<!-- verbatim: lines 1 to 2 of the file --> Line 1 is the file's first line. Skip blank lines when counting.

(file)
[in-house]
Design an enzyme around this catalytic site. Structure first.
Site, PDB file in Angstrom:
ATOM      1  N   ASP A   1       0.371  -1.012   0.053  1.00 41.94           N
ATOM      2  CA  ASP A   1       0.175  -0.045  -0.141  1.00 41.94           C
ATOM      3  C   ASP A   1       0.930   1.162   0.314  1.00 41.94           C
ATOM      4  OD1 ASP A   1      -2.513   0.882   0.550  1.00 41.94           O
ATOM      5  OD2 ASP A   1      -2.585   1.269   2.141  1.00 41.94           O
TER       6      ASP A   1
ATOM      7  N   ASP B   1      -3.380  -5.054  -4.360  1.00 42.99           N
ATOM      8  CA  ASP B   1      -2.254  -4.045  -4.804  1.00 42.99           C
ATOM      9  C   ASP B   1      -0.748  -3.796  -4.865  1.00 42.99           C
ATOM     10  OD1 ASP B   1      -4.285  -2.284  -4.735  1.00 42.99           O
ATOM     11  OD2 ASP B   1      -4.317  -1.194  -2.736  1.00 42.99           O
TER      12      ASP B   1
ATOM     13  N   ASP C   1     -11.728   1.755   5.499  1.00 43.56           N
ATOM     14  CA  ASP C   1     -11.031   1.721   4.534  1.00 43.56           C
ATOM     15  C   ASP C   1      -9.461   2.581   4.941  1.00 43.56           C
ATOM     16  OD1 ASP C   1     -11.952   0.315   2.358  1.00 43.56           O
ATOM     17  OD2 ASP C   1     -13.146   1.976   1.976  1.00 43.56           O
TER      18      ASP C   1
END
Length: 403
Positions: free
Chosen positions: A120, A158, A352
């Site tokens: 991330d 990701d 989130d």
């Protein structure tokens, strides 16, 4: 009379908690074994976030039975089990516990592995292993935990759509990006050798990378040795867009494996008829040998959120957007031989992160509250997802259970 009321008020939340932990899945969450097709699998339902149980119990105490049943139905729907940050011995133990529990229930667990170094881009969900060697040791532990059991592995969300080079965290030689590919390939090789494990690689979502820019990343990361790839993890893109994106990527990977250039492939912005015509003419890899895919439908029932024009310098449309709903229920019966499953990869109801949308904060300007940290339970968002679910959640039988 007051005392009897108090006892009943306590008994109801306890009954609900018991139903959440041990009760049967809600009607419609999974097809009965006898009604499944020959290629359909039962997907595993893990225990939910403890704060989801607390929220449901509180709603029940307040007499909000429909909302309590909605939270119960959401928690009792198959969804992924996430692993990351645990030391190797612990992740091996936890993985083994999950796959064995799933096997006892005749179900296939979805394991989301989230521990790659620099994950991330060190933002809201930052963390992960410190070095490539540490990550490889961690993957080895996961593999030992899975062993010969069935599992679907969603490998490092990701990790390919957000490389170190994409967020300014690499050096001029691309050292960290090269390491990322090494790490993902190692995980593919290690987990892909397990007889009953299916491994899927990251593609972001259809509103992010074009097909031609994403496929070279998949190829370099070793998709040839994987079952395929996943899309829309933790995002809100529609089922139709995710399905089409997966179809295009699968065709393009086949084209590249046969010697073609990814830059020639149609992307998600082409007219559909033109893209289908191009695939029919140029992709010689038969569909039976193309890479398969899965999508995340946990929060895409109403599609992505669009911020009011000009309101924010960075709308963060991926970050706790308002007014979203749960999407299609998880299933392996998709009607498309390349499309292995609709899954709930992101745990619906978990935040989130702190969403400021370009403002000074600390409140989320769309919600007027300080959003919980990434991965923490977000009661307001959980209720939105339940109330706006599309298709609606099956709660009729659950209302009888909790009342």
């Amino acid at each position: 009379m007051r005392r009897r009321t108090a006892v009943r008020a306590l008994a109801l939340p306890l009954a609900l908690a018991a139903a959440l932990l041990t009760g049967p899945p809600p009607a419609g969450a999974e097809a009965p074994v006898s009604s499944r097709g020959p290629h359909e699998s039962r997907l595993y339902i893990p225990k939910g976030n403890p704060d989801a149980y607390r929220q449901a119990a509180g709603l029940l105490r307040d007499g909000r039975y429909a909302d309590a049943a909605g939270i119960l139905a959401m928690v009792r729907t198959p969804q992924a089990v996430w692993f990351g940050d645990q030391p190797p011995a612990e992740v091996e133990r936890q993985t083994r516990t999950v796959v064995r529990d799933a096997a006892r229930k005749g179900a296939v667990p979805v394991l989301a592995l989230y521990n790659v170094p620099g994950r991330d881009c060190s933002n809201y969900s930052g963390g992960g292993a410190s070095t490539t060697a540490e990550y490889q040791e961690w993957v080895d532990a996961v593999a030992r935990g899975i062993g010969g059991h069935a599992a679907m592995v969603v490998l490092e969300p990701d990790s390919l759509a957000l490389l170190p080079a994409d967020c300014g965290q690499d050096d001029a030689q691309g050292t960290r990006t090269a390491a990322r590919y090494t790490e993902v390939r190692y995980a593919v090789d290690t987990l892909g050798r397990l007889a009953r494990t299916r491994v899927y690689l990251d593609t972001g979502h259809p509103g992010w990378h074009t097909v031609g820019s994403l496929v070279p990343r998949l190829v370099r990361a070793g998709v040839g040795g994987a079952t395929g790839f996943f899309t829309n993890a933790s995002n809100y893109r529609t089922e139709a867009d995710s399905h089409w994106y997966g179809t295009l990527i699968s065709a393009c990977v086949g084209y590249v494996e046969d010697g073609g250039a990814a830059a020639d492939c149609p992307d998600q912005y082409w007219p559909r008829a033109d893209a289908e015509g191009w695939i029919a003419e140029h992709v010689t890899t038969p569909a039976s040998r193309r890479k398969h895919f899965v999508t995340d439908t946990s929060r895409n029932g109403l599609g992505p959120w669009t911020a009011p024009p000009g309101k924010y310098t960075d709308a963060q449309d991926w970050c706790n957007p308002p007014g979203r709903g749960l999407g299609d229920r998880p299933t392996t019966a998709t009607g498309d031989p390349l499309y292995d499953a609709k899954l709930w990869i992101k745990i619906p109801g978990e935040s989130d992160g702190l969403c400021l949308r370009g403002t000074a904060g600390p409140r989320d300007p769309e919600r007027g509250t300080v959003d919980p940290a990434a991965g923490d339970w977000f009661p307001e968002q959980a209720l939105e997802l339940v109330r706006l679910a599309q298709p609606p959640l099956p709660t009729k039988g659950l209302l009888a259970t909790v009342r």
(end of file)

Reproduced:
[in-house]
Design an enzyme around this catalytic site. Structure first.